« Last Edit: December 31, 1969, 06:00:00 PM by 1054443600 »

Offline D-Man

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Re: 500 Techniques? Overload or What?
« Reply #26 on: May 05, 2003, 08:34:27 AM »
I've got a question for yall, does the number of techniques double when you consider reverse sides?

It don't really matter, just a funny thought to me.
« Last Edit: December 31, 1969, 06:00:00 PM by 1054443600 »

Sigung Ray

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Re: 500 Techniques? Overload or What?
« Reply #27 on: May 05, 2003, 09:40:45 AM »
Prof Scott
You are right!!!

It take 5 too 8 years for some students two semi master the techniques, less than that will be giving away the rank.... remember that kajukenbo is like a University, Were two get a degree is by most 4 years minimum.  A second or a third degree is a Sifu position wish any one that can carry this rank MOST know how the  hole it...., my kajukenbo System is the Old Emerados Method wish Sijo him self Promoted me to a Master level. if a teacher holding this rank can only teach kajukenbo in a limited level, then any one that has 40 or 60 techniques can open a school and teach. then after he has teach all the techniques he has, his students will have too look for some other school two learn more. I call theses students !!with there respect!!
(the missing link of the new era) The more techniques a teacher has the more He can tech, students will have Material for them and his students for a life time.
Sijo Emperado told me in a seminar, (I have never stop Creating, My students stop teaching, because they stop learning, they can call it anyway they like, but is still KaJuKenBo).

love you all Sigung Ray NJKA.

Hi D-Man
I teach a student with only one leg that was in a weel chair, two practice the techniques the reverse site, He never went back too the weel chair. he is the first one too enter the Federal Correction with one leg and go thru the training like a normal cadet. how he is a G-11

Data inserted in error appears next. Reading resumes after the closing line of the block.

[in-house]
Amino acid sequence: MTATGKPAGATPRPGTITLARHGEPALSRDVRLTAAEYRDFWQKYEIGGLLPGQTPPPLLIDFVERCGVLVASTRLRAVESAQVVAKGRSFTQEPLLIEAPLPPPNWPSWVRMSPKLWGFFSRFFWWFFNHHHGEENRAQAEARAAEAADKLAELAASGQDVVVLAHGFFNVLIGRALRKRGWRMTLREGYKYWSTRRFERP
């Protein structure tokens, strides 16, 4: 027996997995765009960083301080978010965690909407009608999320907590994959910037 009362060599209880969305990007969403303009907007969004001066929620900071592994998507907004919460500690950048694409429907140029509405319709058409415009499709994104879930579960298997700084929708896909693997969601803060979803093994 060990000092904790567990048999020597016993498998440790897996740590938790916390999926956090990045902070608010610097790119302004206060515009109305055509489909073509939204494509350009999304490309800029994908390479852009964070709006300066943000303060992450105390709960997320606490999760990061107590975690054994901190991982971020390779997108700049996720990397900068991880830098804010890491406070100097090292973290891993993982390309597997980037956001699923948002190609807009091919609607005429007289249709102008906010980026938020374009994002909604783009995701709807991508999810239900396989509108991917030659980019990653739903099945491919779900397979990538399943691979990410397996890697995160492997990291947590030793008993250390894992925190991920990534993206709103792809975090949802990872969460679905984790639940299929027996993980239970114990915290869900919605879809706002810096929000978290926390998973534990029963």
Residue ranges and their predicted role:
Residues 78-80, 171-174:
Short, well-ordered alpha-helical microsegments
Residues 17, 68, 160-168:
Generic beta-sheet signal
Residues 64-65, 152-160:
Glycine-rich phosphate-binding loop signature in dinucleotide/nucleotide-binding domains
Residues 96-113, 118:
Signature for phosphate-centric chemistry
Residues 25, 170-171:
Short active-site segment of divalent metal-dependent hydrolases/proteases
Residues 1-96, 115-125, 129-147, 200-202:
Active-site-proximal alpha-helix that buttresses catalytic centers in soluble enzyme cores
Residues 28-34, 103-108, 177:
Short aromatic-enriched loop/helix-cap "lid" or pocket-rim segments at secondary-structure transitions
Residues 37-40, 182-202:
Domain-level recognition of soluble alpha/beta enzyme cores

Sigung Ray.
« Last Edit: December 31, 1969, 06:00:00 PM by 1054443600 »


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Re: 500 Techniques? Overload or What?
« Reply #28 on: May 05, 2003, 10:21:35 AM »
  Hello Sigung Ray, Great discussion. This has been a controversial topic for many years with two schools of thought. Respectfully, I would like to clarify my position a little better. Do I think the 36 techniques you had mentioned are enough? Yes, I do, but please let me expound on that. Let's take the arbitrary number 36. If those 36 techniques are well thought out, balanced and varied and contain all the principles and concepts of a particular system, and you fully assimiliate (I hate using the term 'master', it's like saying you have them down 100 percent all the time, anywhere, anyplace, being human that is not possible), okay, back on track, you fully assimilate those techniques, and if you are creative and immaginative then you will have hundreds but they were all spawned from those 36 well balanced techniques. A thorough understanding of the basics to borrow from, goes without saying, is also essential.  So, I'm not against teaching more, I do it myself, however, I feel systems are actually based on a 'limited' number of techniques as I illustrated above.
   Next example, about how well one can fight or defend oneself with only 36 techniques. Some of the 'toughest' street fighters in my area growing up were boxers. I graduated in 1970, martial arts wasn't as popular in my area at that time. Boxing was the thing.